It could have all went so wrong for Gillian McCormick; after graduating from Glasgow School of Art in 1993, she found herself homeless on the streets of London with a spiralling addiction to alcohol and Prozac. Her saviour came in the form of Scottish Opera, who tracked her down and commissioned her to work on their 1999 Parisifal campaign. From then on, McCormick embraced a new found faith that enabled her to secure the National Lottery Millennium Grant and allowed her show her work at exhibitions in London, Edinburgh and LA. I recently caught up with Gillian to discuss her influences, unusual choice of art material and what it’s like to be an ‘out’ gay artist.
How do you blend various mediums in your art work?
I fuse craftwork with technique, history with futurology, expression with realism. I am a believer in the renaissance; the new beginning. I focus on new contemporaries as a source of investigation into inspiration.
I graduated with honours from the department of Drawing and Painting; therefore my skills took the obvious direction of combining mediums with a style and utmost desire into the experimentation of skill and analysis of the great masters. The science of perfection is why I exist as a living artist in this time.
You used gold leaf in the piece 'Boy Angel'. What other - more unusual - substances do you utilise in your art?
Last summer I found myself practising minor elements of magic, such as mirror gazing etc…a little narcissistic, but, I am a follower of Caravaggio’s vanitas [laughing]…well I kind of delved into the dark side of witchcraft and pissed on a few of my portraits such as Madonna, P!nk, Angelina, Brody, Dalle, etc. – everyone I kind of wanted on my guest list at my private parties, etc. dancing the moonlight away. I thought just as the witches of the last century used their menstrual blood to dispel love spells, I would use virgin urine to bring a new life of innocence and wonder (with a hint of eroticism) into my work...like communion with the soul. I am still waiting for Brody and Dalle to ring my bell...not sure if the spell worked.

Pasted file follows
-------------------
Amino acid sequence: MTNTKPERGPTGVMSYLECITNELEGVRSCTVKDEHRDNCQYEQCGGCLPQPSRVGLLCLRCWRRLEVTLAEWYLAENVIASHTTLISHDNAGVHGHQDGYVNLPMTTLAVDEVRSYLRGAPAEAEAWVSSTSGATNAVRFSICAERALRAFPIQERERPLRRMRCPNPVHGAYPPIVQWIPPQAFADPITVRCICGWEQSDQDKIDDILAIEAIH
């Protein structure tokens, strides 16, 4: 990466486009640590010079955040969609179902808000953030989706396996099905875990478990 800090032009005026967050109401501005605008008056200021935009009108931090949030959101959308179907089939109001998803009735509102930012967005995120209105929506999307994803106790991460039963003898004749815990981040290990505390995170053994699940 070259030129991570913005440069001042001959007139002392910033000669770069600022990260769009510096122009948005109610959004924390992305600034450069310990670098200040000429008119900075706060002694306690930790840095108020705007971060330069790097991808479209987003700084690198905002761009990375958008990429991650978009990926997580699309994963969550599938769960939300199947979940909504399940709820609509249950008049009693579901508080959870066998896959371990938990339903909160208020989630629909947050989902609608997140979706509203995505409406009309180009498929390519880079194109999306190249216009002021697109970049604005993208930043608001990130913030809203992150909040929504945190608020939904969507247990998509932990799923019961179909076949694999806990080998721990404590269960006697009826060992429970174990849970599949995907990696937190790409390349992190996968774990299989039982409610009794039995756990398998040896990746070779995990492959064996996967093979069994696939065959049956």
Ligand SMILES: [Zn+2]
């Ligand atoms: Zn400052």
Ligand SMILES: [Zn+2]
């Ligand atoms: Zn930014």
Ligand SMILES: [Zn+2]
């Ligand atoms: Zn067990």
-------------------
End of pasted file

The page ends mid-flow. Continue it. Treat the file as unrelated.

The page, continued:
I also, in the past and present, syringe my own blood in desperation to bring the canvas alive like Frankenstein, playing the plastic surgeon on the composition of beauty. I have bled on many faces. My new collection will house a 6ft study of the damnation which will be saturated as to create the darkness of black light using lambs’ blood. I can’t reveal why to you as yet, in this present climate of being unrecognised...when my instinct tells me my faith is as common as God himself, amongst the pure and the truthful.
I also wanted cocaine for my halos...but alas, monies would not allow...I wanted to create the most expensive piece of work in the world, with 9ct gold and cocaine...keep dreaming Gillian.....maybe I should start praying a little louder.
Are all your pieces autobiographical or depictions of people you know?
All my work yes is autobiographical...its about my state inside, the psychology of emotion, of dreaming, of wanting, of desire, of pain, of terror and psychosis...of love...everything I do is about the contradictions of love...I truly believe in love, whether it be in this life or the next...roll on, rock and fuckin’ roll baby girl.